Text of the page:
What project will you work on during your internship as a Summer Research Scholar? You should choose three (3) projects from the list below and note them in order of preference (e.g., 2, 4, 1) at the top of the APPLICATION FORM. We will do our best to accommodate your top choice.
Faculty members associated with each project are also listed. You can read more about their programs by clicking on their names.
1. Integrated Pest Management for Vegetable Crops
In New York, insect pests attack many of our high-value vegetable crops including potato, onion, cabbage, sweet corn, pumpkin, squash, pepper, tomato and snap bean. A primary goal of my research program is to develop integrated pest management (IPM) strategies for these crops that are practical, economical and environmentally responsible. Students will learn about conventional and novel IPM strategies for many of the primary insect pests of New York’s most important vegetable crops. Moreover, students will have an opportunity to evaluate a novel IPM tactic for a major vegetable insect pest that limits productivity of one of these important crops.
Field: 80%; Lab: 20% Faculty: Nault
2. Zeroing in on an Ambrosia Beetle that Attacks Apple Trees
Black stem borer is a tiny beetle that bores into the trunks of apple trees and creates a gallery that it fills with "ambrosia" fungus to feed its young, and infested trees can yellow, wither and die from the attack. We are trying to determine where and when this beetle is showing up, what attracts it to young apple trees, and how to prevent it from causing damage in orchards. The Scholar will assist with trapping and monitoring for these beetles and their damage, and help assess the effectiveness of some management tactics to prevent them from damaging apple trees in western New York orchards.
Field: 70%, Lab: 30% Faculty: Agnello
3. Using behavior modification to manage the invasive fruit fly spotted wing drosophila
The new invasive fruit fly Drosophila suzukii, aka spotted wing drosophila, is causing havoc to berry crops in the Northeast and many other regions of North America. Unlike most other fruit flies that can only lay eggs in rotting fruit, spotted wing drosophila females have a very large, serrated egg-laying device that allows them to lay eggs in ripe, soft-skinned fruits such as raspberry, blueberry, blackberry and cherry. Consumers don’t generally appreciate the extra protein in their berries. Hence, raspberry and blueberry growers have needed to dramatically increase the amount of insecticide to produce a clean crop. This is costly both in terms of dollars and the environment. As an alternative to insecticides, we are studying the volatile chemicals used by spotted wing drosophila to find or reject fruit hosts as part of a project to develop a method to manipulate fly behavior to reduce pest infestations. The student scholar will develop experiments to better understand behavioral responses of male and female SWD to aversive and attractive odors and their population level consequences.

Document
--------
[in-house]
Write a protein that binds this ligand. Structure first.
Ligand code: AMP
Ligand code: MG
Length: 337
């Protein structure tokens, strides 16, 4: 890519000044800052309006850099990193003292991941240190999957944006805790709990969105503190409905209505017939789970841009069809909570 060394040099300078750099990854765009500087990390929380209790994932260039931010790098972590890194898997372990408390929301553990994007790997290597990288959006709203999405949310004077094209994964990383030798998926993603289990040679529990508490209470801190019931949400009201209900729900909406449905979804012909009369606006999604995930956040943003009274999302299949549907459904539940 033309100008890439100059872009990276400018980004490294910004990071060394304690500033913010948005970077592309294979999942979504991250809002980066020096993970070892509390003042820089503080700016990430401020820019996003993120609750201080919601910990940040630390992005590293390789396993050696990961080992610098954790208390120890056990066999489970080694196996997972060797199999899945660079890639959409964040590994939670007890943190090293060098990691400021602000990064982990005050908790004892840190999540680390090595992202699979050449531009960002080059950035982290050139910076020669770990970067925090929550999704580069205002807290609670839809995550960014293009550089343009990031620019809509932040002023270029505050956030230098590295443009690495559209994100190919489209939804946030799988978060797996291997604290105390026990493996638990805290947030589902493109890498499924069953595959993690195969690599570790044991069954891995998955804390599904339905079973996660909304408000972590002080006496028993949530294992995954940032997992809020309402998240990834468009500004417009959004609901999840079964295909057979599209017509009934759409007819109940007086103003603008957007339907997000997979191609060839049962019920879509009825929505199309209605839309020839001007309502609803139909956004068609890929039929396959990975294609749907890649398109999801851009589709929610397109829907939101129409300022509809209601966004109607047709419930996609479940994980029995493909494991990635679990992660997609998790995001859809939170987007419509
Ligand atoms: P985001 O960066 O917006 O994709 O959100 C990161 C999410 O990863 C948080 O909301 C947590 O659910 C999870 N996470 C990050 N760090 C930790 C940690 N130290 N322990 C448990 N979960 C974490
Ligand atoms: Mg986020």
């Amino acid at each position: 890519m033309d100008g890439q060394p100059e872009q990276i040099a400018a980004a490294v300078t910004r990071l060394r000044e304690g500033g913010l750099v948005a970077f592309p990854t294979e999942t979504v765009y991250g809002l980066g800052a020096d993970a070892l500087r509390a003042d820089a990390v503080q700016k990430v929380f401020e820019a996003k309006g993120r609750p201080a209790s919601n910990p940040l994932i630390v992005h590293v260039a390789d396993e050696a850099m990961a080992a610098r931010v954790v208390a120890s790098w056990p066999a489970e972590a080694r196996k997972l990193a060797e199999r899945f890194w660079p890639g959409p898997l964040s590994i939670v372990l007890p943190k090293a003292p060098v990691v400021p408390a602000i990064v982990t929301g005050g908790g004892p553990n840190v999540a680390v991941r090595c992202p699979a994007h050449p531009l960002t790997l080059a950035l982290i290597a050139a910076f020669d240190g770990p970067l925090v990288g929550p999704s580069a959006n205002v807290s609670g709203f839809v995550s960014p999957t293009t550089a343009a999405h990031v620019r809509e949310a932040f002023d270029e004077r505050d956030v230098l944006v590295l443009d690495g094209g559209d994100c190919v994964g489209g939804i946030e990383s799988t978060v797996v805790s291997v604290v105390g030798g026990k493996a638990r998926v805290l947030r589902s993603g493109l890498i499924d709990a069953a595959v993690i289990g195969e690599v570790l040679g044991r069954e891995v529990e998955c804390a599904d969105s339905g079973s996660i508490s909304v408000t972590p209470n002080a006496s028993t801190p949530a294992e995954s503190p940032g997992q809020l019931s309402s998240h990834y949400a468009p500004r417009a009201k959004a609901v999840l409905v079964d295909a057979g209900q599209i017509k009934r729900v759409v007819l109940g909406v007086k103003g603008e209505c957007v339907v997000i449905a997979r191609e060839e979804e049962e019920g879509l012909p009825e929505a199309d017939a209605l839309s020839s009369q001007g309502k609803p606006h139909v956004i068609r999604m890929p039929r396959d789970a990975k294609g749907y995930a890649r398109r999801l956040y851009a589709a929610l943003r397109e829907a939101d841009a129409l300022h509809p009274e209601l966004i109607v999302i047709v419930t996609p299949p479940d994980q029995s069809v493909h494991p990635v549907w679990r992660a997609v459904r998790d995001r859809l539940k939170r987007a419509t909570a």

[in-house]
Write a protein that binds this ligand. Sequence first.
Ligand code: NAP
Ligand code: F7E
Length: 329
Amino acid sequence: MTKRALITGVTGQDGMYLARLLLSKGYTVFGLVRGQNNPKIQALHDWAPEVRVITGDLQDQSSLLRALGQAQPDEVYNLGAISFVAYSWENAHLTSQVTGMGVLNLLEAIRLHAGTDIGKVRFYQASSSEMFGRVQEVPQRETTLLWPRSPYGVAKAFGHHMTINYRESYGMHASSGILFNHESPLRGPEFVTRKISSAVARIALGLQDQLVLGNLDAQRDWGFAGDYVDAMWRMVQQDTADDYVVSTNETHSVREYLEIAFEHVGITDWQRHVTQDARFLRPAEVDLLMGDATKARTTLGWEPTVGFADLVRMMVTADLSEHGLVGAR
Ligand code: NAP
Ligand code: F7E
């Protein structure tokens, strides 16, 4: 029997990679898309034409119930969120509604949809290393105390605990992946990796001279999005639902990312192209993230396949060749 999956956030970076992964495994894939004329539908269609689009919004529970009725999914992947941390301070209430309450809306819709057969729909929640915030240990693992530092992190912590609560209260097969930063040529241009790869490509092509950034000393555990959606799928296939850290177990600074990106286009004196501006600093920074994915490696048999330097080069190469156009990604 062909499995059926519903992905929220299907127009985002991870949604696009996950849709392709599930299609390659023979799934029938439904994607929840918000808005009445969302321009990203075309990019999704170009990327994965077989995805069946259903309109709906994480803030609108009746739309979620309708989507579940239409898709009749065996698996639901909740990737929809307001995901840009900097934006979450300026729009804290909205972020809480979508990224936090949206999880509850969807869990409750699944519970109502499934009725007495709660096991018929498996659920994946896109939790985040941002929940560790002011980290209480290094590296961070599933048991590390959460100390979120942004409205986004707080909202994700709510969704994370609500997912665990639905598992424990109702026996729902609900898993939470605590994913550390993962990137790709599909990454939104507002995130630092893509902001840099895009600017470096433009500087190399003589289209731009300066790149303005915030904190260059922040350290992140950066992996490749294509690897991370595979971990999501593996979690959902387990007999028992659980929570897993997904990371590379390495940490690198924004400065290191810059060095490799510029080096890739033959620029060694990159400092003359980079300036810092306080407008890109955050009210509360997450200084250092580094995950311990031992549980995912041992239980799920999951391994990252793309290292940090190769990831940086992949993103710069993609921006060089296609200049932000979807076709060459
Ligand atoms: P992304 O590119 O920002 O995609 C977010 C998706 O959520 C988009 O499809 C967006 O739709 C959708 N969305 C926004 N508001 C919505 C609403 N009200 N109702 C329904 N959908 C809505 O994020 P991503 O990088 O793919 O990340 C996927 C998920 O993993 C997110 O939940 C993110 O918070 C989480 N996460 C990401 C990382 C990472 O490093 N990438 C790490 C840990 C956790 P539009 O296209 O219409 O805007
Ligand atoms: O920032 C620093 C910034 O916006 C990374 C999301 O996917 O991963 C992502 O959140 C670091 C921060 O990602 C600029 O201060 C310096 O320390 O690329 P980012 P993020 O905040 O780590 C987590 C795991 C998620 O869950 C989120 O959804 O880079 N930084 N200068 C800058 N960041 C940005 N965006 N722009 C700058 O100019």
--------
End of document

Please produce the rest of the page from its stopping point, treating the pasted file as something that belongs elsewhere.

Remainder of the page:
Field 20%, Lab 80% Faculty: Loeb
4. Acquisition and Transmission of Erwinia amylovora by Drosophila melanogaster
Fire blight is a necrotic disease of rosaceous plants caused by the bacterium Erwinia amylovora. Though outbreaks are sporadic, this pathogen has a significant economic impact on global apple and pear crops, decimating orchards and resulting in 100% crop loss in some cases. Insects have long been implicated in the disease cycle, but intimate details regarding their role in pathogen transmission are scarce. Anecdotally, dipterans will feed on the sugary, bacteria-laden exudate on diseased shoots, trunks, and fruitlets, but whether or not this interaction translates to pathogen spread is unknown. This project will investigate whether or not a model fly organism, Drosophila melanogaster, can acquire and transmit E. amylovora from fire blight ooze. We will use laboratory bioassays to assess numerous variables including: 1) whether the insect prefers to feed on diseased or healthy fruits; 2) if the insect carries the pathogen internally, externally, or both; 3) if the insect can transmit the bacteria to healthy fruits and shoots; and 4) if live bacteria can be cultured from insect frass.